Lin, Tsan-Shiun; Jeng, Seng-Feng; Chiang, Yuan-Cheng

    2004-01-01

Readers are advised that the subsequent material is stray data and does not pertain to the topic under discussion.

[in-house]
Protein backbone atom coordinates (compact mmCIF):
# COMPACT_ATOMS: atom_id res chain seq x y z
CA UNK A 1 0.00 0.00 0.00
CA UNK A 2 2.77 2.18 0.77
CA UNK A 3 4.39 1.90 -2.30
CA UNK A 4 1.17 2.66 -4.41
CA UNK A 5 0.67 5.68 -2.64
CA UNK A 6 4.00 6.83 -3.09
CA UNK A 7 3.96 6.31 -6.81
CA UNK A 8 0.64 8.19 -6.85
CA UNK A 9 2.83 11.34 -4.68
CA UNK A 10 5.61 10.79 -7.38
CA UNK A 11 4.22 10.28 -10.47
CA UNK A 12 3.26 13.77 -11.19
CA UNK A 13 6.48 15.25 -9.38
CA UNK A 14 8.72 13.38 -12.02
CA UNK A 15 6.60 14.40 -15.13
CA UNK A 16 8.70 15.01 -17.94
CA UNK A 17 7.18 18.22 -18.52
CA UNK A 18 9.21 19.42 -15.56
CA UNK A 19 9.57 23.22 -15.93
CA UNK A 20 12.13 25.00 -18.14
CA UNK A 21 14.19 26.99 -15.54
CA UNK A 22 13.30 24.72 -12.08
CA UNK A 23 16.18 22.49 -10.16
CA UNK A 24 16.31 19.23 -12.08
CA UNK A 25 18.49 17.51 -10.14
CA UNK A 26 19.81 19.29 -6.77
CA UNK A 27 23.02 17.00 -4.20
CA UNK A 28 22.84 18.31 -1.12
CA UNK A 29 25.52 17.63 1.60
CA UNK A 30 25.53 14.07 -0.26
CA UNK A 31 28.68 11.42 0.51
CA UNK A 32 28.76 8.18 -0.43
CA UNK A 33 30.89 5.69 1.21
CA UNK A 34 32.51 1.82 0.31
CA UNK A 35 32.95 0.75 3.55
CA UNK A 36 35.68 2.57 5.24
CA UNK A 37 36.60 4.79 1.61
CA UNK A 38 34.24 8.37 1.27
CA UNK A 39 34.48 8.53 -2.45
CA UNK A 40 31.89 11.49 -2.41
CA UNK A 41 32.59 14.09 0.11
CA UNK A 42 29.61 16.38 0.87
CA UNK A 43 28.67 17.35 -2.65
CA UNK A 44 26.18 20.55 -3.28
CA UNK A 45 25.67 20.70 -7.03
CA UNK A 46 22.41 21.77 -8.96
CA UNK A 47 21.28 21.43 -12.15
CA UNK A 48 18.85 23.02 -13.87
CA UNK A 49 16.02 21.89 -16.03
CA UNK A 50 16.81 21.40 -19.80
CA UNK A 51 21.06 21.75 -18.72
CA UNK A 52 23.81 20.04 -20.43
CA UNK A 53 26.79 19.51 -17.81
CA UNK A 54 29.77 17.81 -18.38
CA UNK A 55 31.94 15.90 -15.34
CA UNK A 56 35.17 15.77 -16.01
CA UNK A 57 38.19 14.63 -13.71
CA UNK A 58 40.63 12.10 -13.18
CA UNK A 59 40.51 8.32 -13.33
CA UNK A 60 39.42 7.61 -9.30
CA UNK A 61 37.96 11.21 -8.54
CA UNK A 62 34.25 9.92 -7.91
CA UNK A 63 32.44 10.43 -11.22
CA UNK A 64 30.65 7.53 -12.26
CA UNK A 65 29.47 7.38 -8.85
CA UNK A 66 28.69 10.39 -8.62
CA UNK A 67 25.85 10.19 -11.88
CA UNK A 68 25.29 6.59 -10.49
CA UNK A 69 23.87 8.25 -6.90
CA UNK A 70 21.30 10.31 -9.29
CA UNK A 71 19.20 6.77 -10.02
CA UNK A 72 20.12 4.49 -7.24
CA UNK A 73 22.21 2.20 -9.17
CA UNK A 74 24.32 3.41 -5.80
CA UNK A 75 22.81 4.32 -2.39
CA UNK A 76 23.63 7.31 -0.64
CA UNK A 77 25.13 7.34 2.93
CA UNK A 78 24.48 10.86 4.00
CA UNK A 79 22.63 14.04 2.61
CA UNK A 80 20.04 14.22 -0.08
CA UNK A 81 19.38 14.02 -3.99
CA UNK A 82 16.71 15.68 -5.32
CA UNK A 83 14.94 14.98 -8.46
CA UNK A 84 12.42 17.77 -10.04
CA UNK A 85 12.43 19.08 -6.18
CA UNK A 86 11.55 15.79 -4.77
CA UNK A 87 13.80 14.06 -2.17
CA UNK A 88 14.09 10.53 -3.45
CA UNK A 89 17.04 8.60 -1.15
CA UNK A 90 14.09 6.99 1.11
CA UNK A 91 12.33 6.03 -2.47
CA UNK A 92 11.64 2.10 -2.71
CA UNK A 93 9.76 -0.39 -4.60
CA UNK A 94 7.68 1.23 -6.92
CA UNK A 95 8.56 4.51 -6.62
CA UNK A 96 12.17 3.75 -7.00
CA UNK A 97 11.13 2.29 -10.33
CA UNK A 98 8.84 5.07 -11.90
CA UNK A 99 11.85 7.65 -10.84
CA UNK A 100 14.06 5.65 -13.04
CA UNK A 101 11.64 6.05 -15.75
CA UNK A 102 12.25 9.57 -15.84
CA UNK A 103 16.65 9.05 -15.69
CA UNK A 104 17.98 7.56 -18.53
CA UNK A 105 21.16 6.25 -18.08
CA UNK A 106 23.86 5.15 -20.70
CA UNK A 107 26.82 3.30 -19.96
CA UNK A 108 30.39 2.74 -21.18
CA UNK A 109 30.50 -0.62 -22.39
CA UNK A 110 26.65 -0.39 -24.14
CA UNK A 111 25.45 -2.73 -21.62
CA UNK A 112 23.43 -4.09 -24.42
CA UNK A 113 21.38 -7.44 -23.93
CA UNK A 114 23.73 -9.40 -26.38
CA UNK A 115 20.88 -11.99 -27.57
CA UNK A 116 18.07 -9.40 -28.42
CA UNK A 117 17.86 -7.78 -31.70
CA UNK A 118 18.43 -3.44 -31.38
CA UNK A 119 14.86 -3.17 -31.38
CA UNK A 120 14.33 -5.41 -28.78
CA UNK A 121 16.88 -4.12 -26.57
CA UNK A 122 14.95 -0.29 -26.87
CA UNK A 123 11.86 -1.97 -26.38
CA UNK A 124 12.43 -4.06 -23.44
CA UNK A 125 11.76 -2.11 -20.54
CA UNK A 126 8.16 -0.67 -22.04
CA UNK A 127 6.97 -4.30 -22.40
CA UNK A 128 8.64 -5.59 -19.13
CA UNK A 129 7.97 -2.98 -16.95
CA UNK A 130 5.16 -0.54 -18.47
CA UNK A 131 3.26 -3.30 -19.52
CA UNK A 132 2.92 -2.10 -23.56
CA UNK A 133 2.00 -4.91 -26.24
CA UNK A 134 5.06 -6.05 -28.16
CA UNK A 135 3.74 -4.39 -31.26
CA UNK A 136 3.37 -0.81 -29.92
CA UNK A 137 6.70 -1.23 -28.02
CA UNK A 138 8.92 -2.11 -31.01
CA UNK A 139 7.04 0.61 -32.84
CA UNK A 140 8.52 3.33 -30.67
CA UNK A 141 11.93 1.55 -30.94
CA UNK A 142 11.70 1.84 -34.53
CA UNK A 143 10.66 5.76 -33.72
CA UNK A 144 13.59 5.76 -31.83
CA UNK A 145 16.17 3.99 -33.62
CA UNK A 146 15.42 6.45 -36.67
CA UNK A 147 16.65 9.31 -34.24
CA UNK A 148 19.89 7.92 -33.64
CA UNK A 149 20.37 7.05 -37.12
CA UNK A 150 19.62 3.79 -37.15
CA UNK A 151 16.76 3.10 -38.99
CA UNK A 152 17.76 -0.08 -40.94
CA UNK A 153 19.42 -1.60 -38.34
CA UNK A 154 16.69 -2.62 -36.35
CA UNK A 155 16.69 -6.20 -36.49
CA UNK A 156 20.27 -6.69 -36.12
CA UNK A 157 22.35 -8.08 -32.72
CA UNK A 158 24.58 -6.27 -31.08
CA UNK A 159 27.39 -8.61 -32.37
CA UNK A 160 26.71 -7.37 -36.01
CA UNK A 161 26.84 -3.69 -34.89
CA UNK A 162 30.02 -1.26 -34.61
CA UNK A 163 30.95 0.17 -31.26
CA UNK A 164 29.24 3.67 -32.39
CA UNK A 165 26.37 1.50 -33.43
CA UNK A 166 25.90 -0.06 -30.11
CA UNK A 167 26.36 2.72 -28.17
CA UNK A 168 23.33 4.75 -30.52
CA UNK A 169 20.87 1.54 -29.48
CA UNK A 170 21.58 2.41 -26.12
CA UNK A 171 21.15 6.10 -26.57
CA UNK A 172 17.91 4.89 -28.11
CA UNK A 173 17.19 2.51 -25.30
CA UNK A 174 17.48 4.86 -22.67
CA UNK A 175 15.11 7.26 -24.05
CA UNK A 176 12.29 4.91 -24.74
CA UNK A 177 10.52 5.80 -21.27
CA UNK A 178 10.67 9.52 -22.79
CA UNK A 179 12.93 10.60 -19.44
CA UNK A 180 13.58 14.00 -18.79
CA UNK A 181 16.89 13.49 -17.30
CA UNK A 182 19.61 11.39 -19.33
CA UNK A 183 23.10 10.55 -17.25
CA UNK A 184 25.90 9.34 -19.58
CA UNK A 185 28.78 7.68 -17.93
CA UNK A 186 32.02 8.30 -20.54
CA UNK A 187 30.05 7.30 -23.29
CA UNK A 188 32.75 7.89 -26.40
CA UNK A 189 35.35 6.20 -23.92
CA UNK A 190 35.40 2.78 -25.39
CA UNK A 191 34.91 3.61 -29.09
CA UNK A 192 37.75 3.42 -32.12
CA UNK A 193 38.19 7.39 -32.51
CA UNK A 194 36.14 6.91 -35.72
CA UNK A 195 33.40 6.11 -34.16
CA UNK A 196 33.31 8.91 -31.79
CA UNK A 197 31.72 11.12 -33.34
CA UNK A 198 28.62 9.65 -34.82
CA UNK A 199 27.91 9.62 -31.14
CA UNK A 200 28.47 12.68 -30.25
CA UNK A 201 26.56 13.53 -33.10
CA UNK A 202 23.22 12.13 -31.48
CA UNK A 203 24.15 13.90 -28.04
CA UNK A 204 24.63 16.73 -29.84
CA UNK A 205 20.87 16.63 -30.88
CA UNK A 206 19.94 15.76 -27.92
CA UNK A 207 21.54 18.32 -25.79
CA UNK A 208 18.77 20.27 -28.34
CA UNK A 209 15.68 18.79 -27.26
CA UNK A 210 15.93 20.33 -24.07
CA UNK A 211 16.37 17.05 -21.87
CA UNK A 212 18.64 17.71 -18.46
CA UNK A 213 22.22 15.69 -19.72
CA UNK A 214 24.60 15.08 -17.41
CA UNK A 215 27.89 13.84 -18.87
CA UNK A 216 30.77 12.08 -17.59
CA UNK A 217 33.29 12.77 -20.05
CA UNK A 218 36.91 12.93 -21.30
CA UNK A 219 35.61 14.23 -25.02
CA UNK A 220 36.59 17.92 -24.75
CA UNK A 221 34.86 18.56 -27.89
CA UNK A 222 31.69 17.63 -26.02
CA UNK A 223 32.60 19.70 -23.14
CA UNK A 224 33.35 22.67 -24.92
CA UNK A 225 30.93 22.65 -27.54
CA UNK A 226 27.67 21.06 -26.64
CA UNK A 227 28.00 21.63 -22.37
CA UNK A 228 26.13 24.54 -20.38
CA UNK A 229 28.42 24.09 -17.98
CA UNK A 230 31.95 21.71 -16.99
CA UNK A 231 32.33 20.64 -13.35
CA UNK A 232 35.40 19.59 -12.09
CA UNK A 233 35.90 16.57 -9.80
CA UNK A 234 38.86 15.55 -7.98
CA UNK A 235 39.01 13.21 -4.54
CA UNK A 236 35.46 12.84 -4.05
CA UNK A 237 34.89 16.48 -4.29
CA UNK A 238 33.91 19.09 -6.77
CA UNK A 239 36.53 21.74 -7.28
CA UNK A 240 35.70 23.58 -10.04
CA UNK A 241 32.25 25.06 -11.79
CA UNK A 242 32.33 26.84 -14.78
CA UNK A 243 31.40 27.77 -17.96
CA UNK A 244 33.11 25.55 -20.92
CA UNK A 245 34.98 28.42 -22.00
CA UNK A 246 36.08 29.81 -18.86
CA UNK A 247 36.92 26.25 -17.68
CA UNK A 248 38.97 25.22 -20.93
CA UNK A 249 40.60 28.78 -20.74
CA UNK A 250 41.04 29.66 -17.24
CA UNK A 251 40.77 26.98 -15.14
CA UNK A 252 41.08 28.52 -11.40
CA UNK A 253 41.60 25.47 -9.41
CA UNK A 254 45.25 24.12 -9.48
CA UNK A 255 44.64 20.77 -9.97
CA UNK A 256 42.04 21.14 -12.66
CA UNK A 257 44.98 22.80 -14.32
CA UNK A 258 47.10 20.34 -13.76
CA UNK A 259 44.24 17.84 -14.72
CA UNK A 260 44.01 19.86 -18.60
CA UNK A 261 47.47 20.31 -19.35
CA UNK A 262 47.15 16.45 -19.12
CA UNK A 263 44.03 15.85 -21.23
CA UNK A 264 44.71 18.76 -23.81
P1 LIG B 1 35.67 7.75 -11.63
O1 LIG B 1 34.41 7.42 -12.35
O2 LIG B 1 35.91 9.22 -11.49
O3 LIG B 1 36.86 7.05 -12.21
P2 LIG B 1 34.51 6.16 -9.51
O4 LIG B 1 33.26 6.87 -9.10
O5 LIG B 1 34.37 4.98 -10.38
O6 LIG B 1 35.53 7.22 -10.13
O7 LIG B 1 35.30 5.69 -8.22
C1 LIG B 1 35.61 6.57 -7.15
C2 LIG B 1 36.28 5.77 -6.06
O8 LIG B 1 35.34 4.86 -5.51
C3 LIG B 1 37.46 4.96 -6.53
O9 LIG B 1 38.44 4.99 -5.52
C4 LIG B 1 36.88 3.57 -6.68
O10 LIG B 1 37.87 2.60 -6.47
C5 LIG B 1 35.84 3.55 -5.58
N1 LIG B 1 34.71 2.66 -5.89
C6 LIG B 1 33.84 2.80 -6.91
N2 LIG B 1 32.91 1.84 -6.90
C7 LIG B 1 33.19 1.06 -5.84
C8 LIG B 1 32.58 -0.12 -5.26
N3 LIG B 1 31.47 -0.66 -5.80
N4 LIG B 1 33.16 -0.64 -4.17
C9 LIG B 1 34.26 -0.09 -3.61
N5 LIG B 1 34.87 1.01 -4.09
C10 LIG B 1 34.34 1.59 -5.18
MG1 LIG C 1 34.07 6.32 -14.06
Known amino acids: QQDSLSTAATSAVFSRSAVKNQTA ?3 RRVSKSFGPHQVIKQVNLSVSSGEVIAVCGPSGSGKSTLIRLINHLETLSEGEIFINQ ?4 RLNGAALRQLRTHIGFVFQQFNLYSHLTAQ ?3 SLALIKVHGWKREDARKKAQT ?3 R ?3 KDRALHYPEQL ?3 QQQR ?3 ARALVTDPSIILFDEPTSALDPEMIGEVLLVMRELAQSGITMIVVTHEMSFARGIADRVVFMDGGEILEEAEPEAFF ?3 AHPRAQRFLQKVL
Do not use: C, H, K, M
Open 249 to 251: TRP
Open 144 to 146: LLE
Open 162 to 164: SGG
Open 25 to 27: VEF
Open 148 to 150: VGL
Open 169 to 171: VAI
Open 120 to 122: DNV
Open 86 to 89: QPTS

Restoration of finger length and function are the goals of replantation after fingertip amputation. Methods include microsurgical replantation and nonmicrosurgical replantation, such as composite graft techniques. To increase the survival rates for composite grafts, the subcutaneous pocket procedure has been used as a salvage procedure. The subdermal pocket procedure, which is a modification of the subcutaneous pocket procedure, was used for replantation of 17 fingertips in 16 consecutive patients. Eight fingertips experienced guillotine injuries and the other nine fingertips experienced crush injuries. Revascularization of one digital artery without available venous outflow was performed for six fingers, and composite graft techniques were used for the other 11 fingers. The success rate was 16 of 17 cases. The difference in success rates for guillotine versus crush injuries was statistically significant. Comparison of patients with arterial anastomoses and patients without arterial anastomoses also indicated a statistically significant difference. Thirteen fingertips survived completely. One finger, demonstrating complete loss and early termination of the pocketing procedure, was amputated on the eighth postoperative day. Two fingers were partially lost because of severe crushing injuries. One finger demonstrated partial loss of more than one quarter of the fingertip, which required secondary revision, because the patient was a heavy smoker. The pocketing period was 8 +/- 1 days (mean +/- SD, n = 6) for the fingers revascularized with one digital arterial anastomosis and 13.3 +/- 1.9 days (n = 10) for the fingers successfully replanted with composite graft techniques. The mean active range of motion of the interphalangeal joint of the three thumbs was 65 +/- 5 degrees, and that of the distal interphalangeal joint of the other 11 fingers was 51 +/- 11 degrees. The static two-point discrimination result was 6.4 +/- 1.0 mm (n = 14) after an average of 11 +/- 5 months